HBO: Why 'Game of Thrones' gets robbed at Emmys

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When it comes to the industry’s biggest awards, Game of Thrones is almost always the bridesmaid. The HBO fantasy hit has racked up a hugely impressive 42 prime-time Emmy and Golden Globe nominations across its first three seasons. It’s also won 11 of those awards, mainly for categories like visual effects, make-up, costumes and sound effects. Yet in the major categories — best series, acting, writing and directing — Thrones has taken home just two statues (a Globe and Emmy for Peter Dinklage as best supporting actor).

What gives?

We asked HBO’s programming president Michael Lombardo about this topic during a Thrones interview, and he suggested the show’s fantasy setting and high production values might distract from the talent on display. “What frustrates me about the show is people really love and connect with the characters — but somehow, [the voters] don’t put two and two together that there are great actors embodying those roles,” Lombardo says. “There seems to be a disconnect. This would not work without compelling writing and unbelievable acting and superb direction. And I think that’s part of the challenge of a show that’s a genre show. I think people think the show is carried along on its production values.”

Indeed, Dinklage gives a tremendous performance, and the show’s current fourth season is almost certainly his best. But there are others amid Thrones‘ sprawling cast that one would think would get recognized as well — Emilia Clarke received an Emmy nomination last year, and Diana Rigg had a guest actress nod. But there’s also Charles Dance, Lena Headey, and Nikolaj Coster-Waldau, among others, doing consistently excellent work. There’s also the show’s writing, led by showrunners David Benioff and Dan Weiss. “David and Dan are not just good — they are exceptional writers,” Lombardo says. “Their scripts are as dazzling as anything I’ve ever read. This isn’t pulled out of a book.”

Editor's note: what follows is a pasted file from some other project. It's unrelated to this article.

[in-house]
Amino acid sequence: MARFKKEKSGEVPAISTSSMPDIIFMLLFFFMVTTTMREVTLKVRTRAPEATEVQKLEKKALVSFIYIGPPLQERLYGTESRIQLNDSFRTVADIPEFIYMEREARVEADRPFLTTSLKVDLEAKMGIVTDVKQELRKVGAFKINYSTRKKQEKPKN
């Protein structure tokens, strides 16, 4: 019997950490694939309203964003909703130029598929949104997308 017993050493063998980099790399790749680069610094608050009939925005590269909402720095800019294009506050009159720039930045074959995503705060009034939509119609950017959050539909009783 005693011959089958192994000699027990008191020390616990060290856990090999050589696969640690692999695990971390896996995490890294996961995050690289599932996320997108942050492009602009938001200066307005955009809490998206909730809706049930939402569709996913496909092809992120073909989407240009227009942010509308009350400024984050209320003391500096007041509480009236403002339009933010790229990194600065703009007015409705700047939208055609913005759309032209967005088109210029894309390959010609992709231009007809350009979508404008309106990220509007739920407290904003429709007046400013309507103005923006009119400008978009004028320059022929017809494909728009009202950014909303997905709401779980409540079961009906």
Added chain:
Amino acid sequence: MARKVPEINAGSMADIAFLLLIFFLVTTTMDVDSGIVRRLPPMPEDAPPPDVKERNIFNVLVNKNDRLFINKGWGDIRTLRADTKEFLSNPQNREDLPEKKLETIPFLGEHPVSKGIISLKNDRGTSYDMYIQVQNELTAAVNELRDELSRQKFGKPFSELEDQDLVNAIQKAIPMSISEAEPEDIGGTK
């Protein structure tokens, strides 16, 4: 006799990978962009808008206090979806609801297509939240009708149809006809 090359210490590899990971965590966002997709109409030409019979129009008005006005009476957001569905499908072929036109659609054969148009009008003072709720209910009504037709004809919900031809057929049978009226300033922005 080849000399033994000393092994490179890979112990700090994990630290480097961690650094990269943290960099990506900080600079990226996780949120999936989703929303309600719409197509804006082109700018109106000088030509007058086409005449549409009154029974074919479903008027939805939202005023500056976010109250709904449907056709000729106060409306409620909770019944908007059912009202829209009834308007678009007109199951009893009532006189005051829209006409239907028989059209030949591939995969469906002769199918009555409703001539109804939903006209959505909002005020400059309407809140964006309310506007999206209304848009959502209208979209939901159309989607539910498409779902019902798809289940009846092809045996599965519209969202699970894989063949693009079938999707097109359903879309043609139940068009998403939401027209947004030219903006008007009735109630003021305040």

The direction on Thrones is also stunning. Hollywood recognized the talent of long-time TV director Alan Taylor’s work on Thrones’ first season, and snatched him up to helm Thor: The Dark World and the upcoming Terminator reboot. Yet the TV Academy didn’t nominate his work (and likewise snubbed David Nutter, who directed last year’s heart-stopping Red Wedding episode). The only Emmy nomination for outstanding direction that Thrones has received, oddly enough, was for its stiff, heavily re-shot pilot.

“I look at it relative to other shows, and these are artists working at the absolute top of their game,” Lombardo says. “Peter Dinklage is as good as any actor on TV. Lena is phenomenal. I guess they’re so good you’re not aware of it. And it’s not about getting awards for HBO, but for them. Behind the dragons and costumes and landscapes there’s unbelievable talent at work. And none of it would be be emotionally relatable if not for artistry in the writing, directing and acting.”

It’s not the first time a ground-breaking top-rated HBO genre series has had Emmy struggles. The Academy was also long accused of undervaluing The Sopranos, though the mob drama actually performed better in its early years in the top categories than Thrones.

Adds the executive: “We’re so pleased with the show, and I would hate to sound the least bit sour grapes, because the response from fans is so spectacular. But [greater awards recognition] would be nice.”

Game of Thrones returns Sunday night for its eighth episode of the season — “The Mountain and the Viper.” We’ll have full coverage of the showdown on EW.com, including a live recap starting at 9 p.m. ET. In the meantime, here the showrunners tease up (spoiler free) the Oberyn vs. The Mountain contest: “The fight delivers beyond our expectations.”

UPDATE: ‘Game of Thrones': 5 burning questions for Sunday’s big Viper vs. Mountain episode


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